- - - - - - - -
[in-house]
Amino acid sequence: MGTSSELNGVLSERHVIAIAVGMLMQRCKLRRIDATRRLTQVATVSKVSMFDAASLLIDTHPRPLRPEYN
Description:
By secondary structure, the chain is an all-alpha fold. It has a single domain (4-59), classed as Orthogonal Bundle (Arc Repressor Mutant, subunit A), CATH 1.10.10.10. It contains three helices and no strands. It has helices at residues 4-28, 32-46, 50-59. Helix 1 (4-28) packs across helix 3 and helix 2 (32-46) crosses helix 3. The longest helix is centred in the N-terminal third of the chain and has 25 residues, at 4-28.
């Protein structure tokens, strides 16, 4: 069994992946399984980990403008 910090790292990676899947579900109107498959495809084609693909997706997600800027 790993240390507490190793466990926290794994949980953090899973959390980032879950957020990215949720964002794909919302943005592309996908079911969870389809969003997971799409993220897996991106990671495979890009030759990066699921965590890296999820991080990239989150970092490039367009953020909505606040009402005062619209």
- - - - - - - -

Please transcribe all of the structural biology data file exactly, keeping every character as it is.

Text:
[in-house]
Amino acid sequence: MGTSSELNGVLSERHVIAIAVGMLMQRCKLRRIDATRRLTQVATVSKVSMFDAASLLIDTHPRPLRPEYN
Description:
By secondary structure, the chain is an all-alpha fold. It has a single domain (4-59), classed as Orthogonal Bundle (Arc Repressor Mutant, subunit A), CATH 1.10.10.10. It contains three helices and no strands. It has helices at residues 4-28, 32-46, 50-59. Helix 1 (4-28) packs across helix 3 and helix 2 (32-46) crosses helix 3. The longest helix is centred in the N-terminal third of the chain and has 25 residues, at 4-28.
């Protein structure tokens, strides 16, 4: 069994992946399984980990403008 910090790292990676899947579900109107498959495809084609693909997706997600800027 790993240390507490190793466990926290794994949980953090899973959390980032879950957020990215949720964002794909919302943005592309996908079911969870389809969003997971799409993220897996991106990671495979890009030759990066699921965590890296999820991080990239989150970092490039367009953020909505606040009402005062619209």